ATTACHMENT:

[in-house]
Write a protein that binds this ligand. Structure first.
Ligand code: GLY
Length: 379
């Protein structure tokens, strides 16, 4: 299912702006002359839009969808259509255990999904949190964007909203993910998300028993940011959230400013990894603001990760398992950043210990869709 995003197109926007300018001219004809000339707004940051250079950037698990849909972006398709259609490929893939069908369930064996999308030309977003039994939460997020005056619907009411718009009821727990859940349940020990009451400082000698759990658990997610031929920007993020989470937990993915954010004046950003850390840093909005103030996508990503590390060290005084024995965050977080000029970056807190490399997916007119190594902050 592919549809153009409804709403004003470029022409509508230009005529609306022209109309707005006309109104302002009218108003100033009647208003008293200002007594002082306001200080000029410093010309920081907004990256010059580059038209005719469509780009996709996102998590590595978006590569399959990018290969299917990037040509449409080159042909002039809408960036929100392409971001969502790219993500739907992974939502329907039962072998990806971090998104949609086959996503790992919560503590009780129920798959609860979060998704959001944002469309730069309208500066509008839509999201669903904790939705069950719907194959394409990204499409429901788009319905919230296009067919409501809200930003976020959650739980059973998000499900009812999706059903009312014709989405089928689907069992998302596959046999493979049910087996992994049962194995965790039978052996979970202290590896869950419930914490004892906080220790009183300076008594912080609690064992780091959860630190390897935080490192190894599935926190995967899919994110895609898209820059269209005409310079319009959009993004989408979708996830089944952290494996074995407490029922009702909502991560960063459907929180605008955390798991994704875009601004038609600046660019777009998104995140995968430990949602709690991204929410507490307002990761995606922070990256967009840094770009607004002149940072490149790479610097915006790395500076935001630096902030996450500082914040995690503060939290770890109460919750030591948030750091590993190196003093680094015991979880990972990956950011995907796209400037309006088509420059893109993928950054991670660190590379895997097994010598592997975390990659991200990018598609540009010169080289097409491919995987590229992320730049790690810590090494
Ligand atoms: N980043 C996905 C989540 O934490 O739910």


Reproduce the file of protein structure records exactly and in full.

[in-house]
Write a protein that binds this ligand. Structure first.
Ligand code: GLY
Length: 379
């Protein structure tokens, strides 16, 4: 299912702006002359839009969808259509255990999904949190964007909203993910998300028993940011959230400013990894603001990760398992950043210990869709 995003197109926007300018001219004809000339707004940051250079950037698990849909972006398709259609490929893939069908369930064996999308030309977003039994939460997020005056619907009411718009009821727990859940349940020990009451400082000698759990658990997610031929920007993020989470937990993915954010004046950003850390840093909005103030996508990503590390060290005084024995965050977080000029970056807190490399997916007119190594902050 592919549809153009409804709403004003470029022409509508230009005529609306022209109309707005006309109104302002009218108003100033009647208003008293200002007594002082306001200080000029410093010309920081907004990256010059580059038209005719469509780009996709996102998590590595978006590569399959990018290969299917990037040509449409080159042909002039809408960036929100392409971001969502790219993500739907992974939502329907039962072998990806971090998104949609086959996503790992919560503590009780129920798959609860979060998704959001944002469309730069309208500066509008839509999201669903904790939705069950719907194959394409990204499409429901788009319905919230296009067919409501809200930003976020959650739980059973998000499900009812999706059903009312014709989405089928689907069992998302596959046999493979049910087996992994049962194995965790039978052996979970202290590896869950419930914490004892906080220790009183300076008594912080609690064992780091959860630190390897935080490192190894599935926190995967899919994110895609898209820059269209005409310079319009959009993004989408979708996830089944952290494996074995407490029922009702909502991560960063459907929180605008955390798991994704875009601004038609600046660019777009998104995140995968430990949602709690991204929410507490307002990761995606922070990256967009840094770009607004002149940072490149790479610097915006790395500076935001630096902030996450500082914040995690503060939290770890109460919750030591948030750091590993190196003093680094015991979880990972990956950011995907796209400037309006088509420059893109993928950054991670660190590379895997097994010598592997975390990659991200990018598609540009010169080289097409491919995987590229992320730049790690810590090494
Ligand atoms: N980043 C996905 C989540 O934490 O739910």